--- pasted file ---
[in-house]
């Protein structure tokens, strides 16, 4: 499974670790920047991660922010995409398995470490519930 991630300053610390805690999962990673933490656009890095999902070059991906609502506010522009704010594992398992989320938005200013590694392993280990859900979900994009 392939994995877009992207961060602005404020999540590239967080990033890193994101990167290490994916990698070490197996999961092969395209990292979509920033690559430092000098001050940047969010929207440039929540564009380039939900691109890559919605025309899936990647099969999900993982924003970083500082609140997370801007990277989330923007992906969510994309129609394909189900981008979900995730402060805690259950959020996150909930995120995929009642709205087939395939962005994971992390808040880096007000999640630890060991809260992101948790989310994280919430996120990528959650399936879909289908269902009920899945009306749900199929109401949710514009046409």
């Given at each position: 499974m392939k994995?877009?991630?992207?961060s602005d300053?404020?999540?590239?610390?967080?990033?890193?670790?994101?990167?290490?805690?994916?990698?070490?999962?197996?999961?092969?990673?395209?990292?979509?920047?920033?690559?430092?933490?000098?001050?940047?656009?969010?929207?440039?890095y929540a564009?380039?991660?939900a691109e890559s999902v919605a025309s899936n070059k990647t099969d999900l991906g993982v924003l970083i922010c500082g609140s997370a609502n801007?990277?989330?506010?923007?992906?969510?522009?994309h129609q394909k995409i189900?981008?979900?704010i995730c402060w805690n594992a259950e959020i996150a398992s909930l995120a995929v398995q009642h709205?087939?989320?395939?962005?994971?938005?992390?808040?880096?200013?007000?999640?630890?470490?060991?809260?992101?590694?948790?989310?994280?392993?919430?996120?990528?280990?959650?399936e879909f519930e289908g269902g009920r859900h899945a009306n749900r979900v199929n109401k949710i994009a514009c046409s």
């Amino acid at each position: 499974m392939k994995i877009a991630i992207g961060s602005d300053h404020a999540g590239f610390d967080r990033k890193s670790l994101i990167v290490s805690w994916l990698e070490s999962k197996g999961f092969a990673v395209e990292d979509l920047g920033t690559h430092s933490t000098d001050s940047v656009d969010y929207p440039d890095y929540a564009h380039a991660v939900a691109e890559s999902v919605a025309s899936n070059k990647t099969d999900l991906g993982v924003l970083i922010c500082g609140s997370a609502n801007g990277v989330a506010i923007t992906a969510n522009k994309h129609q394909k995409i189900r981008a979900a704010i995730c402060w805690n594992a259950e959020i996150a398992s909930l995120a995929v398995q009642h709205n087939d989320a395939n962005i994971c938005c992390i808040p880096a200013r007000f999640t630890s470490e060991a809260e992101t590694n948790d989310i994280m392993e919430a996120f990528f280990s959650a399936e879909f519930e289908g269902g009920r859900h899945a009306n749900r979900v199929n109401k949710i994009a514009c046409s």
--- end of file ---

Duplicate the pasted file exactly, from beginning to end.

[in-house]
């Protein structure tokens, strides 16, 4: 499974670790920047991660922010995409398995470490519930 991630300053610390805690999962990673933490656009890095999902070059991906609502506010522009704010594992398992989320938005200013590694392993280990859900979900994009 392939994995877009992207961060602005404020999540590239967080990033890193994101990167290490994916990698070490197996999961092969395209990292979509920033690559430092000098001050940047969010929207440039929540564009380039939900691109890559919605025309899936990647099969999900993982924003970083500082609140997370801007990277989330923007992906969510994309129609394909189900981008979900995730402060805690259950959020996150909930995120995929009642709205087939395939962005994971992390808040880096007000999640630890060991809260992101948790989310994280919430996120990528959650399936879909289908269902009920899945009306749900199929109401949710514009046409």
């Given at each position: 499974m392939k994995?877009?991630?992207?961060s602005d300053?404020?999540?590239?610390?967080?990033?890193?670790?994101?990167?290490?805690?994916?990698?070490?999962?197996?999961?092969?990673?395209?990292?979509?920047?920033?690559?430092?933490?000098?001050?940047?656009?969010?929207?440039?890095y929540a564009?380039?991660?939900a691109e890559s999902v919605a025309s899936n070059k990647t099969d999900l991906g993982v924003l970083i922010c500082g609140s997370a609502n801007?990277?989330?506010?923007?992906?969510?522009?994309h129609q394909k995409i189900?981008?979900?704010i995730c402060w805690n594992a259950e959020i996150a398992s909930l995120a995929v398995q009642h709205?087939?989320?395939?962005?994971?938005?992390?808040?880096?200013?007000?999640?630890?470490?060991?809260?992101?590694?948790?989310?994280?392993?919430?996120?990528?280990?959650?399936e879909f519930e289908g269902g009920r859900h899945a009306n749900r979900v199929n109401k949710i994009a514009c046409s």
């Amino acid at each position: 499974m392939k994995i877009a991630i992207g961060s602005d300053h404020a999540g590239f610390d967080r990033k890193s670790l994101i990167v290490s805690w994916l990698e070490s999962k197996g999961f092969a990673v395209e990292d979509l920047g920033t690559h430092s933490t000098d001050s940047v656009d969010y929207p440039d890095y929540a564009h380039a991660v939900a691109e890559s999902v919605a025309s899936n070059k990647t099969d999900l991906g993982v924003l970083i922010c500082g609140s997370a609502n801007g990277v989330a506010i923007t992906a969510n522009k994309h129609q394909k995409i189900r981008a979900a704010i995730c402060w805690n594992a259950e959020i996150a398992s909930l995120a995929v398995q009642h709205n087939d989320a395939n962005i994971c938005c992390i808040p880096a200013r007000f999640t630890s470490e060991a809260e992101t590694n948790d989310i994280m392993e919430a996120f990528f280990s959650a399936e879909f519930e289908g269902g009920r859900h899945a009306n749900r979900v199929n109401k949710i994009a514009c046409s």